As enticing as comparisons with the past can be, it’s geography that holds the key to understanding the war in Ukraine
No, the war in Ukraine is not like Brexit. No, the Russians are not Nazis, nor are the Ukrainians. No, Boris Johnson is not Churchill or Pericles, and the third world war has not begun, unless we choose to begin it. Such comparisons are odious. As a guide to the present, let alone the future, history is for smart alecks and podcasts. It is bunk.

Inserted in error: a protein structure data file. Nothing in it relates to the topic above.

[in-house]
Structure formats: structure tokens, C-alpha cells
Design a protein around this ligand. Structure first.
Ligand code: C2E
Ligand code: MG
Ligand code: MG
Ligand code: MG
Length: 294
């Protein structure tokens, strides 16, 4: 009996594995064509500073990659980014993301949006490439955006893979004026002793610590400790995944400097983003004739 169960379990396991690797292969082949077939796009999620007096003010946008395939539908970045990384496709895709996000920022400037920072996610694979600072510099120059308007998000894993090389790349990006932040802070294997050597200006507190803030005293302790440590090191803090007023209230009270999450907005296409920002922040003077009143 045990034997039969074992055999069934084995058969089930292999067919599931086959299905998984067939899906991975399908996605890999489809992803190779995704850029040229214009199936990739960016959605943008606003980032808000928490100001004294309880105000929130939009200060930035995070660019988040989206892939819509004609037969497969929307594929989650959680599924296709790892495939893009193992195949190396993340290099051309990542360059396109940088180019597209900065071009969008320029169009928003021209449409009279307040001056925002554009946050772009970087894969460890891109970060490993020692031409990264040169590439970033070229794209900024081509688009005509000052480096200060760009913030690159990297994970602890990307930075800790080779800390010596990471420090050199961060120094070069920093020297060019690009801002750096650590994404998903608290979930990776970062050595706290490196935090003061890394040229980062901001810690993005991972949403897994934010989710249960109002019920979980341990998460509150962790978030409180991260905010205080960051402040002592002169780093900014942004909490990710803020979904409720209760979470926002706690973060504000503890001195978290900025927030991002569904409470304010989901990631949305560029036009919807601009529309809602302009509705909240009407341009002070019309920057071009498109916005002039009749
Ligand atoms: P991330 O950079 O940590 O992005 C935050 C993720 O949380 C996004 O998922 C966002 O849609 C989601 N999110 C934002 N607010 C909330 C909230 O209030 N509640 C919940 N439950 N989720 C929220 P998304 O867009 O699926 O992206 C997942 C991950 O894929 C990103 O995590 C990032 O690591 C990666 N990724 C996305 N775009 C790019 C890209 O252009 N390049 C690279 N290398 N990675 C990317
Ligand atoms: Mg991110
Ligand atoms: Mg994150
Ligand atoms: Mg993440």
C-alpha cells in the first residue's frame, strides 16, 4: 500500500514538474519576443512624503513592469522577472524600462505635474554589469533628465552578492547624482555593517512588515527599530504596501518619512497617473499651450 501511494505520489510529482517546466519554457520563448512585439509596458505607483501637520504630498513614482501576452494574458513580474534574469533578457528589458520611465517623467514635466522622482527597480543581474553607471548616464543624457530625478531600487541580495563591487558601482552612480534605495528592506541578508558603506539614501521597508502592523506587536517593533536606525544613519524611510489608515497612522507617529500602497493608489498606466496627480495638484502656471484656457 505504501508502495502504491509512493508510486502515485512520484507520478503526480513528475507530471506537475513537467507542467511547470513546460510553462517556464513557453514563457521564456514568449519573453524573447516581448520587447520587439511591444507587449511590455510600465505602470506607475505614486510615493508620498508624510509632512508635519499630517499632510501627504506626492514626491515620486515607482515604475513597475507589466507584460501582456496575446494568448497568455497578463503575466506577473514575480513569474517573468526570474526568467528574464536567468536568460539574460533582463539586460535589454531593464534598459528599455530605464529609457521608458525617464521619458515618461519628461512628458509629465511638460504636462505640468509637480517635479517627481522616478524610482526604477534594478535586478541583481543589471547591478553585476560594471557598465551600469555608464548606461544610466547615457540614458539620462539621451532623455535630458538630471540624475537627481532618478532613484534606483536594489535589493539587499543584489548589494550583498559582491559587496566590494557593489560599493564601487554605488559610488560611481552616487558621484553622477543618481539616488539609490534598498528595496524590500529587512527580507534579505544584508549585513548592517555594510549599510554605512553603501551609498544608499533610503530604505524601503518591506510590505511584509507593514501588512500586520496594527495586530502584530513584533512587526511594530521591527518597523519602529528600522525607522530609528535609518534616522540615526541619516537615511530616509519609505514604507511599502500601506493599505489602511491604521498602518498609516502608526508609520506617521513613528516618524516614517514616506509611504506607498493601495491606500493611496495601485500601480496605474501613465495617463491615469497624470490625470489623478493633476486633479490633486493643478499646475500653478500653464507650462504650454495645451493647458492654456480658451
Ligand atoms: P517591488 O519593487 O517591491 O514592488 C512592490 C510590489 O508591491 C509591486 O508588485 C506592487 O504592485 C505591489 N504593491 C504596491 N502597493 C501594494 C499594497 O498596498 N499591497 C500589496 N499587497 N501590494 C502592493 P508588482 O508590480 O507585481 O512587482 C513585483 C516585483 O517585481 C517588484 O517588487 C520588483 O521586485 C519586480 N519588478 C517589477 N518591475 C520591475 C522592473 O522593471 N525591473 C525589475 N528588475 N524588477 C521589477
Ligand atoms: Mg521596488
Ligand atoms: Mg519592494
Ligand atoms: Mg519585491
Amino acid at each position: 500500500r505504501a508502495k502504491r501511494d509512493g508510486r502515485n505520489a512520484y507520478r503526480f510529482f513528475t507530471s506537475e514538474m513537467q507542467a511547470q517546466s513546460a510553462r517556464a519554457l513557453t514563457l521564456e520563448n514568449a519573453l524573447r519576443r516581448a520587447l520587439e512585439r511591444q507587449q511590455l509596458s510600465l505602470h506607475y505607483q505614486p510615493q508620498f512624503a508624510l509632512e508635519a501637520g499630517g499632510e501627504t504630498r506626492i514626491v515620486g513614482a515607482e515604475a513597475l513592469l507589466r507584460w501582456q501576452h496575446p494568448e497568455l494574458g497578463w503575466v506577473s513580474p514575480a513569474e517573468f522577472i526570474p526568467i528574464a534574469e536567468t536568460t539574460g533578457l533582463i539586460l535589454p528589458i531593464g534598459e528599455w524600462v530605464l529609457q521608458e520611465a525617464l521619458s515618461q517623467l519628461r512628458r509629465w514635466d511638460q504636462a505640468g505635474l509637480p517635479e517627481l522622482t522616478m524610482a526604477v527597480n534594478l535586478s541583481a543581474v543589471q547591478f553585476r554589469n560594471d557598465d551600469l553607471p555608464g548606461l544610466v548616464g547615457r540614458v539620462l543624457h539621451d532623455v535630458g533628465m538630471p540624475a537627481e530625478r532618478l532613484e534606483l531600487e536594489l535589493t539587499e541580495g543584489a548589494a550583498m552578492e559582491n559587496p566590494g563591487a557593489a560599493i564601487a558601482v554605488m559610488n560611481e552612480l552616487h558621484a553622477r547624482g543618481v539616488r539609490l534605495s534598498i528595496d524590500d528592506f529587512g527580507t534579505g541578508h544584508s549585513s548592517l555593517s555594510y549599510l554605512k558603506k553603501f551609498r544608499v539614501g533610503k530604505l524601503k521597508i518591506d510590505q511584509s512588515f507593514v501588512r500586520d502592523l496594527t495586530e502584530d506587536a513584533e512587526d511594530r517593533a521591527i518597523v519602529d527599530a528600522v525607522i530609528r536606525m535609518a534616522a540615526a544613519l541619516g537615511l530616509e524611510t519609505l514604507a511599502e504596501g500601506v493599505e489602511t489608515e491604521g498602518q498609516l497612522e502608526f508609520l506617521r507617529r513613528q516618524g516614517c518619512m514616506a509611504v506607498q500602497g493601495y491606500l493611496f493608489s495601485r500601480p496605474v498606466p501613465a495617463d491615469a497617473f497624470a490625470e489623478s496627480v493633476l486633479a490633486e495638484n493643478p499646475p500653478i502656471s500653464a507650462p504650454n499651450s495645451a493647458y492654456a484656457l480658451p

The only quarrel I have with Ukraine’s astonishing resistance to Russia is with its president, Volodymyr Zelenskiy’s, recourse to historical parallels. It is understandable that Ukraine should want to browbeat Nato into joining its cause against Russia. Its struggle is existential. But to summon images of Europe’s blood-drenched 20th century is no way to do it. As for Johnson portraying the Kremlin as on a par with the EU – an organisation Ukraine wants to join – it is like having a playground idiot running the country.
Simon Jenkins is a Guardian columnist